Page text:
More people drink bottled water every day. Due to this development, bottled water also expected to be the number one packaged drink by 2016 (bottledwater.org). The global consumption of bottled water is 53 billions annually. However, only 1 in 5 bottles are recycled. The rest contribute to the 3 billion pounds of plastic bottles added to landfills each year (oceancrusaders.org)
There is a way to solve this problem. Plastic drink bottles can be recycled to produce clothes. The average fleece jacket may contain the re-use material from 25 plastic drink bottles (driversofchange.com). However, to recycle plastic bottles into clothes is not that simple. It requires complicated process using heavy machinery in a factory.
The facts have provoked an idea. What if we can create something that will present the process into one machine that we can put in a corner of the street. I have designed a device that will simplify the required process to transform plastic bottles into clothes. Free Clothes Vending Machine will produce free clothes for people who put in 25 plastic drink bottles.
Free Clothes Vending Machine will be placed in areas where plastic bottled drink consumption is high. This machine will attract people to recycle and provide reward for them. Free Clothes Vending Machine will tackle several problems. Recycling more plastic bottles and decrease volume on landfills. Saving resources to transport plastic bottles to recycle centres and reduce CO2 emission. Moreover, the vending machine will provide free clothes for people who couldn’t afford one.
Smart city is a city well performing 6 characteristics (smart-cities.eu). Free Clothes Vending Machine would make contributions in smart environment, smart economy, smart people, and smart living. The design provides insights on emerging issues. Designing future project that require asking questions, scanning the world, mapping the possibilities, and asking the next question (Cascio 2009). The work doesn’t necessarily predict the future but delivers ideas of possibilities that could happen. Free Clothes Vending Machine will broader assumptions, and opinions given to a product (Dunne and Raby, 2013). The design presents possibilities of what could be created in the future based on current and near future technology. As a critical design, I am expecting that Free Clothes Vending Machine would attract debates and discussions.
I have created a video on how to use Free Clothes Vending Machine, and uploaded on youtube.com. I have received comments with insights, opinions, and suggestions from users. Moreover, I received insightful comments when I presented the design at KIN Design. The video, according to KIN, is well presented and gives clear display of the design that makes it believable. KIN also suggested me to learn about behaviour change in the culture if such device really exist. KIN also stated about I.D Magazine project called The Plastic Age, that aims to transform ocean plastic waste into a new resource.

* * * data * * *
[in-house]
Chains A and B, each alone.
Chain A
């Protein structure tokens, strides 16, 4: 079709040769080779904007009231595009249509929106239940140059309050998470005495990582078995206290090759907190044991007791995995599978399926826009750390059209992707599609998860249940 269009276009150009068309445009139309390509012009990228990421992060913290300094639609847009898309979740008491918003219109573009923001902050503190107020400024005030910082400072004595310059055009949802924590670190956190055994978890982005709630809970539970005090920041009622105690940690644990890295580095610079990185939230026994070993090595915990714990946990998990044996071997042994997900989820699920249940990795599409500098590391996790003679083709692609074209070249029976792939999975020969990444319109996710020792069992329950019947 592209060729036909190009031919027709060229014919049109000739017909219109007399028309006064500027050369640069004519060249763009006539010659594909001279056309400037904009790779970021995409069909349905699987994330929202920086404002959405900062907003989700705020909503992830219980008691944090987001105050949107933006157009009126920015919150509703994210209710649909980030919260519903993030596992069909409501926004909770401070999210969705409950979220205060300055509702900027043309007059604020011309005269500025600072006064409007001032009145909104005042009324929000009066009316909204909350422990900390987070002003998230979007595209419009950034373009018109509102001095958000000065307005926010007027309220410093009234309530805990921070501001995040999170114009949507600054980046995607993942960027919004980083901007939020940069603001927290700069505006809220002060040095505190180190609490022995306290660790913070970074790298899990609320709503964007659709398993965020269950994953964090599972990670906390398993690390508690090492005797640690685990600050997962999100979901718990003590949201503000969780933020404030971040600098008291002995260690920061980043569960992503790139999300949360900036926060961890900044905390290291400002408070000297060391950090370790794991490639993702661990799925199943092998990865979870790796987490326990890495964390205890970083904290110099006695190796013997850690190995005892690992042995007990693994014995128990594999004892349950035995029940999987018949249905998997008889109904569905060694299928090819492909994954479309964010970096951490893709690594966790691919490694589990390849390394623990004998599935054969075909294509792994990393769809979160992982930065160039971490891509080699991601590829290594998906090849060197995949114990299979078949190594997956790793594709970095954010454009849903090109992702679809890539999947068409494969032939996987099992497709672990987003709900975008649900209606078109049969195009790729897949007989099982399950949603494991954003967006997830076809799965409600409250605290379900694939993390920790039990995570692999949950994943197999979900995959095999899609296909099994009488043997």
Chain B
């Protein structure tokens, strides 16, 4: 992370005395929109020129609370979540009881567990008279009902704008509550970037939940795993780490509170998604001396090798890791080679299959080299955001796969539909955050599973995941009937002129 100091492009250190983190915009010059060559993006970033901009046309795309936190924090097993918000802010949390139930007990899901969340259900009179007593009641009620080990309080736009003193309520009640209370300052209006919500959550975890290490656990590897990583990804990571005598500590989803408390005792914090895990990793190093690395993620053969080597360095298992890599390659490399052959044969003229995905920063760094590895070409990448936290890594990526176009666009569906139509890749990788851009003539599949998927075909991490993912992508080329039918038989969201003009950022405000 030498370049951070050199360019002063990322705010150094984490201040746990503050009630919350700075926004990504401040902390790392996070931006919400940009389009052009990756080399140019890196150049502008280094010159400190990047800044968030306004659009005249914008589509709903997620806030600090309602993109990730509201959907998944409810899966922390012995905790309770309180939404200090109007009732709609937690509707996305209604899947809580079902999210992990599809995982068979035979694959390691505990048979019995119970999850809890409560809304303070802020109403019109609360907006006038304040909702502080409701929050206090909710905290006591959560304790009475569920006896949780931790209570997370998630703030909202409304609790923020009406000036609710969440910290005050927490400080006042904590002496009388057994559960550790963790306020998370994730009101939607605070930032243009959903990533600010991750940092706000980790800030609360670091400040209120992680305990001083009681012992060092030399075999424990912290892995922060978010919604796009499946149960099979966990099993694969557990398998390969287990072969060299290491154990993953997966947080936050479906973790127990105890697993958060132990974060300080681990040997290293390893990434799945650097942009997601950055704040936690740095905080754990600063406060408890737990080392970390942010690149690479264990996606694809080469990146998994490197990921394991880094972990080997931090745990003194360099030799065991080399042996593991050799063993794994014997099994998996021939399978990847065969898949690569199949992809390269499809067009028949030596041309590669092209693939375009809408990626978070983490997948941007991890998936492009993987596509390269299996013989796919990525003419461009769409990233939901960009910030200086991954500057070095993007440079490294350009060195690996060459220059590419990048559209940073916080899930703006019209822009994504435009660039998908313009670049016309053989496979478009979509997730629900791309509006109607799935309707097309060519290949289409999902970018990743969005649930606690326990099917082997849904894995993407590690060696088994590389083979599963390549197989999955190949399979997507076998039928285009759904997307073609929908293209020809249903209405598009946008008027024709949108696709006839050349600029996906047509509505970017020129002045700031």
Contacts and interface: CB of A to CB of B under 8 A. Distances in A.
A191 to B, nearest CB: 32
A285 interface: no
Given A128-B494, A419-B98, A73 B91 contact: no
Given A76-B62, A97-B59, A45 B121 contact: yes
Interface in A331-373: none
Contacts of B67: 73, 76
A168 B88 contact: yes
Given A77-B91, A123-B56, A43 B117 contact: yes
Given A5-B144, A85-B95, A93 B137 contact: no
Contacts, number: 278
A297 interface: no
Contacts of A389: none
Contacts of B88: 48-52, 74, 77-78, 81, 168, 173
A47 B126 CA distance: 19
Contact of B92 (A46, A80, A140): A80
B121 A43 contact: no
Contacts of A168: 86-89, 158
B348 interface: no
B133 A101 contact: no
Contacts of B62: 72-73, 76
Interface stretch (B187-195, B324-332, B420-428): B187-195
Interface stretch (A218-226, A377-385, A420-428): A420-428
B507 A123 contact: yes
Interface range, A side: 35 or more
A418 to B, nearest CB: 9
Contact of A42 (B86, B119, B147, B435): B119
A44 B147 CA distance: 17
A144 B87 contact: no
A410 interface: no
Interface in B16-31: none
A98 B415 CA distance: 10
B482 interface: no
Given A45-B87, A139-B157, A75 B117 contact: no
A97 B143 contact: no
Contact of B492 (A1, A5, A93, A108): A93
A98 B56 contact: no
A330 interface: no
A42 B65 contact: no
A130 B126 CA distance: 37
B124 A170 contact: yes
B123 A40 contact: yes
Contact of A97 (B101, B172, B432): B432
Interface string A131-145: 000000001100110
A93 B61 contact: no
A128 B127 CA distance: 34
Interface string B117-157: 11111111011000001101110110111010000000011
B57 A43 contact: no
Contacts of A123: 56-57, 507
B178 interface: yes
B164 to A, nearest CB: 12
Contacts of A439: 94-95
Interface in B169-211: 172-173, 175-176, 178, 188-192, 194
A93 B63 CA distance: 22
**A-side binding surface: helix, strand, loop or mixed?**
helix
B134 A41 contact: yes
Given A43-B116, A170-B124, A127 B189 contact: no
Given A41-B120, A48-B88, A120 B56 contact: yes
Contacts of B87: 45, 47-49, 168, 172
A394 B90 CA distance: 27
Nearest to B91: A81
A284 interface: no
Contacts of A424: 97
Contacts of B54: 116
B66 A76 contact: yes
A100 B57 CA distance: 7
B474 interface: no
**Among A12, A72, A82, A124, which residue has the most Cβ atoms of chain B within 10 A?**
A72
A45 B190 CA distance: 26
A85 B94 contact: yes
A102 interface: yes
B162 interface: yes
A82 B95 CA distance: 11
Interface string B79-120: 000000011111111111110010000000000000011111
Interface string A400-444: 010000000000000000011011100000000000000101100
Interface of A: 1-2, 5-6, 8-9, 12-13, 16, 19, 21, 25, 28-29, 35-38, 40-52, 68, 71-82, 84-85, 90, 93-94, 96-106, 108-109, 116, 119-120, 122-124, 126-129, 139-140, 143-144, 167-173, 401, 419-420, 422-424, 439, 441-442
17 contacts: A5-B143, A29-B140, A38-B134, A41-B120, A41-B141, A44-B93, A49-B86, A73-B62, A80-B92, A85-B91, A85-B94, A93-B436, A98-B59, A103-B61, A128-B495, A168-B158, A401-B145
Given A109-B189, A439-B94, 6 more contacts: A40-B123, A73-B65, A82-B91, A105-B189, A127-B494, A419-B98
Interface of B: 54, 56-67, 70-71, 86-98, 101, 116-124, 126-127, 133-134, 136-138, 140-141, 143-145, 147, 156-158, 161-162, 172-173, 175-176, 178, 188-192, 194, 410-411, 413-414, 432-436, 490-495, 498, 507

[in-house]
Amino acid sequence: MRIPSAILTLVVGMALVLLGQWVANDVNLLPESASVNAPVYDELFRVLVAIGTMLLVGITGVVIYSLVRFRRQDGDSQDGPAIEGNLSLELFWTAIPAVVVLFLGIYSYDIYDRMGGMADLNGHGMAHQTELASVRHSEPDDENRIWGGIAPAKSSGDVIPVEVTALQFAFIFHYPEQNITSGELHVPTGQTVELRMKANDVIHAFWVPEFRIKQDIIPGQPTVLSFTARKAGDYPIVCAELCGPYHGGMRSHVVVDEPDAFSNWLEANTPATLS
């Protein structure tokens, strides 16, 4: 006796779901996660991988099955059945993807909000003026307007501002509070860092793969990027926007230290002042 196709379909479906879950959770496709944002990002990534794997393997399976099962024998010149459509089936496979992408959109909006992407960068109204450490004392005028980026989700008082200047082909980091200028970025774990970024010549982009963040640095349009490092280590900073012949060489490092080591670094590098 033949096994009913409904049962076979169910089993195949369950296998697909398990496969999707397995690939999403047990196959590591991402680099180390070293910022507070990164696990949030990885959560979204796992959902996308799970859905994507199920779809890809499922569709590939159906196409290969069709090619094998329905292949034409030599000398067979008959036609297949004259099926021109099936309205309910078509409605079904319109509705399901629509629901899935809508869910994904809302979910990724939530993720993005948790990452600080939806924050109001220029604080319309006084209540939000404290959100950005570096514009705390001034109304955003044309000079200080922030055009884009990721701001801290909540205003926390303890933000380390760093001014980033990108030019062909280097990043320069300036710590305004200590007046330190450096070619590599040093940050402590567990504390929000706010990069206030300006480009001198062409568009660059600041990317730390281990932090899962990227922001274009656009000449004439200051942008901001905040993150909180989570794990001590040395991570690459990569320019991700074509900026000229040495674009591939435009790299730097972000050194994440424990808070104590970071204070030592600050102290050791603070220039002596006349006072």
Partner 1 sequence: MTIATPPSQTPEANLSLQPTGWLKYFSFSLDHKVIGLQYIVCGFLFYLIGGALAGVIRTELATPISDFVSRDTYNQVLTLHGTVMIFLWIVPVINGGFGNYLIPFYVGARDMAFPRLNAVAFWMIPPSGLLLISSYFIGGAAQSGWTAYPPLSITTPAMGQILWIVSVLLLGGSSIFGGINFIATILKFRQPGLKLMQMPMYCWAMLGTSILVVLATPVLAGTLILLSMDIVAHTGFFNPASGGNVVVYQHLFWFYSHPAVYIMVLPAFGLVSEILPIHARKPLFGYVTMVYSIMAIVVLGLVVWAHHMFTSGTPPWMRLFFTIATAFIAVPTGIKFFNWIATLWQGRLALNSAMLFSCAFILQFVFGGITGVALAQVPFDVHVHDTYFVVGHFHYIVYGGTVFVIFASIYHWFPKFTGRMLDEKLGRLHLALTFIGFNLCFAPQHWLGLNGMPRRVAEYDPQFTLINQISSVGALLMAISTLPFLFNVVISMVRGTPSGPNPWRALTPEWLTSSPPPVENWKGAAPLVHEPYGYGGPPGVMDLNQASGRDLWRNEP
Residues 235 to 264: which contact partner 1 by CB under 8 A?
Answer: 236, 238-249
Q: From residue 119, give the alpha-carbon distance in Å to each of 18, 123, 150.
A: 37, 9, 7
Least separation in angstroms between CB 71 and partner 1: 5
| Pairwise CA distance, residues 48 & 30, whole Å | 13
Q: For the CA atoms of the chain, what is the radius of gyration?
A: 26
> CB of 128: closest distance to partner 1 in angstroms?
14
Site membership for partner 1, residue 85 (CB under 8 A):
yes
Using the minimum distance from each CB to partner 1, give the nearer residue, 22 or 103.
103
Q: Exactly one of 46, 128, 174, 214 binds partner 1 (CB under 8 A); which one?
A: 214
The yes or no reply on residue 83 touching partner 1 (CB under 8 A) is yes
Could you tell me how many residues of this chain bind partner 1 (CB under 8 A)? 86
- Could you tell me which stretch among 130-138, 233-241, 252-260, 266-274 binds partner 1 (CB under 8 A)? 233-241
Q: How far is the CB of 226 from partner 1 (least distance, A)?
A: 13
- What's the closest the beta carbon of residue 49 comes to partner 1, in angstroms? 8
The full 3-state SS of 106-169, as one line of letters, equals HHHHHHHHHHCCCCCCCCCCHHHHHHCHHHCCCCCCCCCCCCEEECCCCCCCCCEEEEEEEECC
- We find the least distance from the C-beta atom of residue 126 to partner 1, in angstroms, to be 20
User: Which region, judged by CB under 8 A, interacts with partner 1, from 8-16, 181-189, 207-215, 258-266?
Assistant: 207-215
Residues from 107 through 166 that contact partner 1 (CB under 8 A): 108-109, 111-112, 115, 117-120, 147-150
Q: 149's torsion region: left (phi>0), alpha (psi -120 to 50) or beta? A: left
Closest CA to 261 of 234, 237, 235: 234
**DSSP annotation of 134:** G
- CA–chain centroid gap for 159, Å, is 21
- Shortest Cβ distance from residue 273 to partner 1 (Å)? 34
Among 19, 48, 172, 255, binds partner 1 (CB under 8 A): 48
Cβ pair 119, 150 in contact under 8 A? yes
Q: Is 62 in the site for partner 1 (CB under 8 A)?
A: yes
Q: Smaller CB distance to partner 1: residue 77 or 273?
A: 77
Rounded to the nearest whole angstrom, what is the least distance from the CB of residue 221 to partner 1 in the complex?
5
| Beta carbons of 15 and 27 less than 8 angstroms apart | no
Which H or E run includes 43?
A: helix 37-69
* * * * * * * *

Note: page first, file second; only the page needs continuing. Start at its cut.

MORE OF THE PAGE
We present details of our system with website. Unfortunately, I have to change my previous website design. The wireframe I produced earlier in the semester doesn’t look good on the actual design. I am now happier with the look of my website although it took more time to finish it.
I realize that as a designer, I have limitations. Therefore, working with engineers and other experts, taking part of discussion about what kind of future we’d like, providing designs that let the experts imagination flow freely, and accommodate further collaborative speculations, as suggested by Dunne (2013), would be beneficial for my future works.
Arup Foresight. (2015). New Product Life. [online] Available from http://www.driversofchange.com [Accessed 16 February 2015]
Cascio, J. (2015). Futures Thinking: The Basics. [online] Available from http://www.fastcompany.com [Accessed 18 February 2015]
Dunne, A. and Raby F., (2013). Speculative Everything: Design Fiction and Social Dreaming. London: The MIT press.
European Smart Cities. (no date). The Smart City Model. [online] Available from http://www.smart-cities.eu [Accessed 7 February 2015]
IBWA. (2014). Bottled Water Sales And Consumption Projected To Increase In 2014, Expected To Be The Number One Packaged Drink By 2016. [online] Available from http://www.bottledwater.org [Accessed 3 May 2015]
Ocean Crusaders. (2015). Plastic Statistics. [online] Available from http://www.oceancrusaders.org [Accessed 3 May 2015]